Observations: 2:1-4 In light of the fact that Jesus is the final revelation of God, and the future ruler of the world to come, believers need to give more careful attention to the message they heard regarding Him, lest they drift on by the destination God has planned for the men. This is the first of five warning passages in Hebrews, all addressed to the same audience (Jewish believers in Christ), warning them against failing to continue to follow Christ as revealed. The consequence was not loss of justification/forgiveness The word "drift" is used of a ship going with the flow of the current and missing its port or harbor. Believers who aren't careful to know and do God's revealed will for them, will miss the destination God has planned for them (cf Eph 1 - companionship with the Messiah; clearly conditional in Hebrews 3). The reason the author gives for paying careful attention is that the OT spoken by angels was binding, and every infraction received a just payback (only used in NT in 10:35 and 11:26 of reward), therefore those who would neglect the greater message given by someone greater than the angels would receive a greater punishment. As the author says, how would they escape (used in Rom 2:3 of sinning believers not escaping the judgment of God; and in Lk 21:33-36 of watchful believers escaping judgment) the neglect of such a great salvation (glorification, not justification). The salvation of the Messianic Age (which would reverse the effects of the Fall in returning people to glory) was first spoken of by the Lord (Lk 22-28-30)
Luke 22:28 "But you are those who have continued with Me in My trials. 29 And I bestow upon you a kingdom, just as My Father bestowed one upon Me, 30 that you may eat and drink at My table in My kingdom, and sit on thrones judging the twelve tribes of Israel."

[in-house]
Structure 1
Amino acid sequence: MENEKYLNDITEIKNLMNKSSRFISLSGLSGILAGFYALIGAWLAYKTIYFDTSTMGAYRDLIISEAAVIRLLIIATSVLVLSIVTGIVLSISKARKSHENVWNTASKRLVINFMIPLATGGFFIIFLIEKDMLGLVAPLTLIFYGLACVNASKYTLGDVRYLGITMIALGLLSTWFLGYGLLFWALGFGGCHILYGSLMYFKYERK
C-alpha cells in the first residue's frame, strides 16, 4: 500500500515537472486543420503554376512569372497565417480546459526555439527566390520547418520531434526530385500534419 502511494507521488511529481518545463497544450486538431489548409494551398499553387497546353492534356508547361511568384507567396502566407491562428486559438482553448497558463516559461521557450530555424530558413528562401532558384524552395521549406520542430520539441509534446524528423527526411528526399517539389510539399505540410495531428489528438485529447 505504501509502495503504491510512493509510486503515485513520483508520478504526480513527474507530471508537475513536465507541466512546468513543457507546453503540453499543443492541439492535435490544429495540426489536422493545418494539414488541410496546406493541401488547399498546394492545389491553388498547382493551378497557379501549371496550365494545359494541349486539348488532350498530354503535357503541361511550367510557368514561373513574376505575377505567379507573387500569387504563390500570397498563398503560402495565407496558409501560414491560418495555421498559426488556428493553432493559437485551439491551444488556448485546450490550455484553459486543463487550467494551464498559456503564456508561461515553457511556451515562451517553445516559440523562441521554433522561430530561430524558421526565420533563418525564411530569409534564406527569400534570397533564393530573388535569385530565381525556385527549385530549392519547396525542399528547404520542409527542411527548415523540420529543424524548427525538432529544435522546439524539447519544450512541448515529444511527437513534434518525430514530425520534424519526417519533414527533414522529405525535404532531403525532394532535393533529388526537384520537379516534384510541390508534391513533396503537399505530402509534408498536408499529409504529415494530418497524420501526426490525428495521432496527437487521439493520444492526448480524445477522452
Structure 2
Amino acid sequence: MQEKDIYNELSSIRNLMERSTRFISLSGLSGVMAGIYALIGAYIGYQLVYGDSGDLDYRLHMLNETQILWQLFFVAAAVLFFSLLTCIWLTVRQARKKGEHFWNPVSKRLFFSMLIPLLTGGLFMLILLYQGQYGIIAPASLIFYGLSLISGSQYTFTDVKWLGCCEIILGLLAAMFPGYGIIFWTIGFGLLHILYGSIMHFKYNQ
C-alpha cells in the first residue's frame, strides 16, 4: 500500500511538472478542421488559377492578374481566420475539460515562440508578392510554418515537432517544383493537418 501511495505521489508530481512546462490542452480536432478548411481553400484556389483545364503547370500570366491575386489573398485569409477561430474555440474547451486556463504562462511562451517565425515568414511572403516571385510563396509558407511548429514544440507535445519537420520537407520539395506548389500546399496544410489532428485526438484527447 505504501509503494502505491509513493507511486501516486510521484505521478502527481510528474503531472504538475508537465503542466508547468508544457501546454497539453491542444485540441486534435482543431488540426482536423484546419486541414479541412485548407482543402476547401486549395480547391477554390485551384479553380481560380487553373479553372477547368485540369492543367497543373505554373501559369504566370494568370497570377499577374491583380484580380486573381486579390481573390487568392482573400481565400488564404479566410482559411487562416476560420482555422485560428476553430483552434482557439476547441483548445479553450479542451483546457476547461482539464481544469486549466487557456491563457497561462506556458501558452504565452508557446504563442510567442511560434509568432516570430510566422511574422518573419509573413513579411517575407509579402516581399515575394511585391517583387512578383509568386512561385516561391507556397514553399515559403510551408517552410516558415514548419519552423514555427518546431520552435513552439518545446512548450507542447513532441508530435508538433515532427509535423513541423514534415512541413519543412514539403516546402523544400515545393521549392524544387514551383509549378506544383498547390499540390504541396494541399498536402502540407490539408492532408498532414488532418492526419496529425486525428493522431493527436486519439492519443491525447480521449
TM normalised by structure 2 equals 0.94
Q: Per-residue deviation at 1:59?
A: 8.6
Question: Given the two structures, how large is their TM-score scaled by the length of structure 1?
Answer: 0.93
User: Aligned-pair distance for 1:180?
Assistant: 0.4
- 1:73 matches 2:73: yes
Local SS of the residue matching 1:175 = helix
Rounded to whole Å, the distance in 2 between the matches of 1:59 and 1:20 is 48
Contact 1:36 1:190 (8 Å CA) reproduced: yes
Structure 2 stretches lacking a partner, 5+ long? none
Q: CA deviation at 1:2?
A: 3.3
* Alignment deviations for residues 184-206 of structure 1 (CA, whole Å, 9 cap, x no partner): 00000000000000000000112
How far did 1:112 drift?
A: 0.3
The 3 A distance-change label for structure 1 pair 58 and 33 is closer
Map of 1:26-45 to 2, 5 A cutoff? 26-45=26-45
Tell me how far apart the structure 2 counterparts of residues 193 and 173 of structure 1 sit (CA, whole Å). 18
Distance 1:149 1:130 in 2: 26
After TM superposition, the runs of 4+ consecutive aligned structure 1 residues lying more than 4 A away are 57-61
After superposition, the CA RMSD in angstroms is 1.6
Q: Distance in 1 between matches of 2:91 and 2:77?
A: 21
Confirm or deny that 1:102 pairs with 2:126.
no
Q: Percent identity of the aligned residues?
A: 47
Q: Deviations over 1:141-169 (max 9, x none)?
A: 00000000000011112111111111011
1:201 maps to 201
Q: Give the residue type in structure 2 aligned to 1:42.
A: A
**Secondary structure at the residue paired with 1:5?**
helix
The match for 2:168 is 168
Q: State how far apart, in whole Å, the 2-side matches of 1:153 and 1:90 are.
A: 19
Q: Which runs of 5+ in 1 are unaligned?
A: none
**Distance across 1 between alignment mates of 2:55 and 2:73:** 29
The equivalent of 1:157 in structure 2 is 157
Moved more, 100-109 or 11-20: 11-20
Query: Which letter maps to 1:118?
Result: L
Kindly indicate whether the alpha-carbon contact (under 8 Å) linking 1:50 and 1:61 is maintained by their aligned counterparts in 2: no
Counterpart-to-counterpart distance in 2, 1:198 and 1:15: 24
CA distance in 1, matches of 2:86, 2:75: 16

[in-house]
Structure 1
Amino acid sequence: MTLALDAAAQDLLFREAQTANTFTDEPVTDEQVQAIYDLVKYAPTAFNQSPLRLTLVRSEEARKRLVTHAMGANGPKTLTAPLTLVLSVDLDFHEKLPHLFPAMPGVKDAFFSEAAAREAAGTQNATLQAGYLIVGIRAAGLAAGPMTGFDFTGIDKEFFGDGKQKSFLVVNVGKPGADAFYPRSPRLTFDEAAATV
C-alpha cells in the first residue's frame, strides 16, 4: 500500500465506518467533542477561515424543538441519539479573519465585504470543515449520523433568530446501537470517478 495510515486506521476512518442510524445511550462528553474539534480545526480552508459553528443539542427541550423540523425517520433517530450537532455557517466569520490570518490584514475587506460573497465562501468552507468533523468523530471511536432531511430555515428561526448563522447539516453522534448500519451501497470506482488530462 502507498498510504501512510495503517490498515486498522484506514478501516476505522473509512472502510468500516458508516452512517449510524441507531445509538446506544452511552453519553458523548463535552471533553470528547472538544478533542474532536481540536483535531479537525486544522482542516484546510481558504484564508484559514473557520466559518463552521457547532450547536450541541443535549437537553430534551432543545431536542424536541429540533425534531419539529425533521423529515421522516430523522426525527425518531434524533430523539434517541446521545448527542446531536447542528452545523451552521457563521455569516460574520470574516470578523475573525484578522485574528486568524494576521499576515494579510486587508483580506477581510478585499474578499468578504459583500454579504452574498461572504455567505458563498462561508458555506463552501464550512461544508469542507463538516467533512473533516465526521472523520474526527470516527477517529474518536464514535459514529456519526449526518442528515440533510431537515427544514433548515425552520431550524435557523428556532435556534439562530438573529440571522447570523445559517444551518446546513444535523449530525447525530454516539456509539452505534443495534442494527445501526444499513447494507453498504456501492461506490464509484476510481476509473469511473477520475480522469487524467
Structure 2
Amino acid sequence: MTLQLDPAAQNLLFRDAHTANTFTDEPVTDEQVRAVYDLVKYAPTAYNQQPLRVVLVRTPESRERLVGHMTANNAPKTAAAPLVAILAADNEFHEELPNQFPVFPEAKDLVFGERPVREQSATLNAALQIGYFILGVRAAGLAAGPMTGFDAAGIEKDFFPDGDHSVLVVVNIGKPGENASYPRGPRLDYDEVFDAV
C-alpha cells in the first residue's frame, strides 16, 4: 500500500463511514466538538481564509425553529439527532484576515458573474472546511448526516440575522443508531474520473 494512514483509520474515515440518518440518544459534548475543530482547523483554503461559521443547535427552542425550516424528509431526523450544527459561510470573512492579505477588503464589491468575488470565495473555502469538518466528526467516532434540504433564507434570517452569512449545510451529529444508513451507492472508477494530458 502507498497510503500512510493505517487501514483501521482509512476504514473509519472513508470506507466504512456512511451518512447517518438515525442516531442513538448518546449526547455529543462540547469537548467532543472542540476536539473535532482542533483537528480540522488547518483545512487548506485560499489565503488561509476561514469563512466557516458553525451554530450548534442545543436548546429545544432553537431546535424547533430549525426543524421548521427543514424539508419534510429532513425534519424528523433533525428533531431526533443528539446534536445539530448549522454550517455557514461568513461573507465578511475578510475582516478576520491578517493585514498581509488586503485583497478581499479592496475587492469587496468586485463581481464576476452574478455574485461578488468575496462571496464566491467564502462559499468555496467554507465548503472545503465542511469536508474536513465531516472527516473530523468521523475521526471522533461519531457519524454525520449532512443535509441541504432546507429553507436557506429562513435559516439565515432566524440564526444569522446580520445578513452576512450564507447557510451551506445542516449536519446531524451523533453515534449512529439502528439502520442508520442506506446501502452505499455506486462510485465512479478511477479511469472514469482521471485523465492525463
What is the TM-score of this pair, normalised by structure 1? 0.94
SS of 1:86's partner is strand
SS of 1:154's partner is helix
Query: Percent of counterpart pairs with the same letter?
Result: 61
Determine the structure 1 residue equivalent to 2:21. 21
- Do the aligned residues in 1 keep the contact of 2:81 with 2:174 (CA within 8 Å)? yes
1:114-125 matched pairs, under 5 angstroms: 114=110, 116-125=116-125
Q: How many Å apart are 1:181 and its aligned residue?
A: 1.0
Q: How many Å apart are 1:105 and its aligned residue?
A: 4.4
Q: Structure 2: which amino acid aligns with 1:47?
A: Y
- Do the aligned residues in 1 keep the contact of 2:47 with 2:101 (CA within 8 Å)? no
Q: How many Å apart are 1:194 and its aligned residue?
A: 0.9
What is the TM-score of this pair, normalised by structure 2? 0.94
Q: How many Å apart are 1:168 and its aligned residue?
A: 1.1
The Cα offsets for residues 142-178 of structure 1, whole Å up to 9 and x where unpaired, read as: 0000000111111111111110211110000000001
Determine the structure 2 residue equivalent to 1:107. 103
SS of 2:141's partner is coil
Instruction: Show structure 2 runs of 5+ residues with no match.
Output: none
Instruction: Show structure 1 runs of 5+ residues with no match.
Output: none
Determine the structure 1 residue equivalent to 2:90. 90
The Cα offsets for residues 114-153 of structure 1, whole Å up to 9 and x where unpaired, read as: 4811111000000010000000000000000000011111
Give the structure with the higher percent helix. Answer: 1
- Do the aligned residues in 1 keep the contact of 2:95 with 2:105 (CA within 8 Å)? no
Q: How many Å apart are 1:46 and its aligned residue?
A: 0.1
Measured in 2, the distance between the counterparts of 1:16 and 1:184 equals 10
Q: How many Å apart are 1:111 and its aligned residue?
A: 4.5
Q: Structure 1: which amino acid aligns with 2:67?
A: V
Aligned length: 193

Then the message was confirmed/authenticated to the audience by those (apostles) who originally heard it, with signs and wonders and the giving of the gifts of the Holy Spirit. This would be another argument against Pauline authorship (besides the lack of Paul's typical introduction), since the message was not confirmed to him by the other apostles, but by Jesus Himself.
2:5-9 God didn't subject the world to come, of which the author is speaking, to angels. It should be obvious that this is the Messianic Age, which starts when Christ returns to resurrect His own and reign until all enemies, will be but under His feet. The last enemy is death, so there will be a period of rule between His return and the time death is destroyed. See comments on Ephesians 1:22.
1Corinthians 15:22 “For as in Adam all die, even so in Christ all shall be made alive. 23 But each one in his own order: Christ the firstfruits, afterward those who are Christ's at His coming. 24 Then comes the end, when He delivers the kingdom to God the Father, when He puts an end to all rule and all authority and power. 25 For He must reign till He has put all enemies under His feet. 26 The last enemy that will be destroyed is death.”